In another direction, the company is discussing how to integrate glass that cannot be recycled, or regular building waste, into road construction. Using waste from a local building site rather than gravel mined in, and transported from, the West Bank would be cheaper as well as more sustainable, Gamliel explained.

Together with the Technion — Israel Institute of Technology in the northern city of Haifa, Netivei Israel is seeking alternatives to bitumen. This is a form of petroleum and therefore a fossil fuel, whose production emits global warming gases into the atmosphere.

It is reviewing initiatives being trialed elsewhere in the world to paint roads a lighter color so that they absorb less of the sun’s heat.

A Los Angeles street painted white to absorb less heat. (YouTube screenshot)

Ths company is currently coming to the end of an environmental risk survey, after reviewing how other developed countries, among them the US, Holland, Australia, and the UK, are setting ESG benchmarks.

ESG, which stands for environment, social, and governance, is a popular measure designed to help companies show how sustainable they are in these three fields.

“Environment” includes policies and operations related to pollution and the use of energy, water, and various natural resources.

“We’re looking at everything from emissions, energy use, acquisitions policy and the circular economy [which involves reusing materials, often discarded as waste by a different industry], to carbon taxation [not yet implemented in Israel], and the EU Taxonomy,” said Gamliel.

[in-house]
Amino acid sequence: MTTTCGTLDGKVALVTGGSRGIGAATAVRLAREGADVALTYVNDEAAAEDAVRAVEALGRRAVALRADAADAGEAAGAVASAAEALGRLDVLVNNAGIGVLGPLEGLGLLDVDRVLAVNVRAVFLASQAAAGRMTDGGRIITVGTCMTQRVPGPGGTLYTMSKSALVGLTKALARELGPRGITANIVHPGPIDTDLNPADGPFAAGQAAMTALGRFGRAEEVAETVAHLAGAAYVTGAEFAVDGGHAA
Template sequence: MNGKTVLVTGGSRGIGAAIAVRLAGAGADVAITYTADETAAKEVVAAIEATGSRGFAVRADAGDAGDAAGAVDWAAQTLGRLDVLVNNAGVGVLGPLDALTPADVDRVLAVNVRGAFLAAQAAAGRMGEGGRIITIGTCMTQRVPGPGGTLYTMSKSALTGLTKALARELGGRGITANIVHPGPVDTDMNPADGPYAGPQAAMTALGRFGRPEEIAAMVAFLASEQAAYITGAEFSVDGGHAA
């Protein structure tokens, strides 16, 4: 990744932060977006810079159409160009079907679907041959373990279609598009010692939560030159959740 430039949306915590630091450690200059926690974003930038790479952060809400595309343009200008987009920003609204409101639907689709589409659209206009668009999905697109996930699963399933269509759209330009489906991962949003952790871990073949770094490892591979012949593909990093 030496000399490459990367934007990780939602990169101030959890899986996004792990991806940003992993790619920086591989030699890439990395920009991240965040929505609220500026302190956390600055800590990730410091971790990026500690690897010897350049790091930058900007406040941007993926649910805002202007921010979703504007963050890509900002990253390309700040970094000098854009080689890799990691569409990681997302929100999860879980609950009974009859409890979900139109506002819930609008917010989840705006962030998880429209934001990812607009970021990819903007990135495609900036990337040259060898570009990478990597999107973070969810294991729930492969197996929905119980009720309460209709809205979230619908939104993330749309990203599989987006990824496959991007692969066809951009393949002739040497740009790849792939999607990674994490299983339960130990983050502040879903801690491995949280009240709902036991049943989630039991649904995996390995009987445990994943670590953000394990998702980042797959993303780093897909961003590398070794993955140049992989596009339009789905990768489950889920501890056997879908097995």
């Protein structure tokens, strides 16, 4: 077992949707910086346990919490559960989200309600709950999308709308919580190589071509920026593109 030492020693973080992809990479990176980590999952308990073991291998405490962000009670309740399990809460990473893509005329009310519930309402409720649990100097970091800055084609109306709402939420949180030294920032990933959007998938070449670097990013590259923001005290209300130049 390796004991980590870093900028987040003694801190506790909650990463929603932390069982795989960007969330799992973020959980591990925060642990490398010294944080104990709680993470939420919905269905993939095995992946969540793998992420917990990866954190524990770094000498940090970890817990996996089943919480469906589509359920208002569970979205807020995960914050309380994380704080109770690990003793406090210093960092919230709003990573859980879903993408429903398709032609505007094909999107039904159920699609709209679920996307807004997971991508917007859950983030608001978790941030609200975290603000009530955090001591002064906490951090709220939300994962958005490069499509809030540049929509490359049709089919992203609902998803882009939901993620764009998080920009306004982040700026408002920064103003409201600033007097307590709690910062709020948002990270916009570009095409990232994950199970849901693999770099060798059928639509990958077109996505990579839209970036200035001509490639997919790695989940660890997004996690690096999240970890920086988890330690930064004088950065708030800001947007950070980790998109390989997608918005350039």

The latter attempts, for the first time, to define what “green” means and to list which kinds of economic activities can legitimately be called “environmentally sustainable.”

In October, Israel’s Environmental Protection Ministry published its first draft taxonomy.

Gamliel plans to present the ESG review to the company’s management and board of directors in the coming month. If approved, it will form the basis for a new work plan.

Also nearly ready for presentation is a report about green road building standards.

A section of Route 77 in northern Israel that has been accredited as a green road. (National Roads Company of Israel archive)

With no such standards in Israel, the company adopted the US Sustainable Transport Council’s Green Roads Rating System to build the country’s first accredited green road, Route 77 from Tel Kashish to Ramat Yishai, in northern Israel, which opened three years ago.

Since then, Gamliel’s team has been plowing through the roughly 150 clauses of this rating system to identify what’s missing from the instructions given to Israeli road-building companies.

The eventual aim is to produce a new policy document.

One notable difference between American and Israeli practices, for example, is that in the US, a social survey must be carried out before a road is built. This method has not yet been implemented in Israel.

“Our management will have to decide on things like this. Who would do such a survey? Would we need to train people? Who would pay for it? Would it be necessary for works to a single junction or just for a large project to widen a road that would impact surrounding communities?” said Gamliel.

In parallel, he and his team are working with the Environmental Protection Ministry on an Israeli green roads standard.

Several months ago, the Transportation Ministry established a climate change unit, which is still mapping responsibilities across offices.

Gamliel called for anyone with ideas to come forward and present during special sessions held for two hours every Wednesday. “Go onto our internet site, and book a meeting,” Gamliel urged. “You don’t have to know anyone. We have an open door.”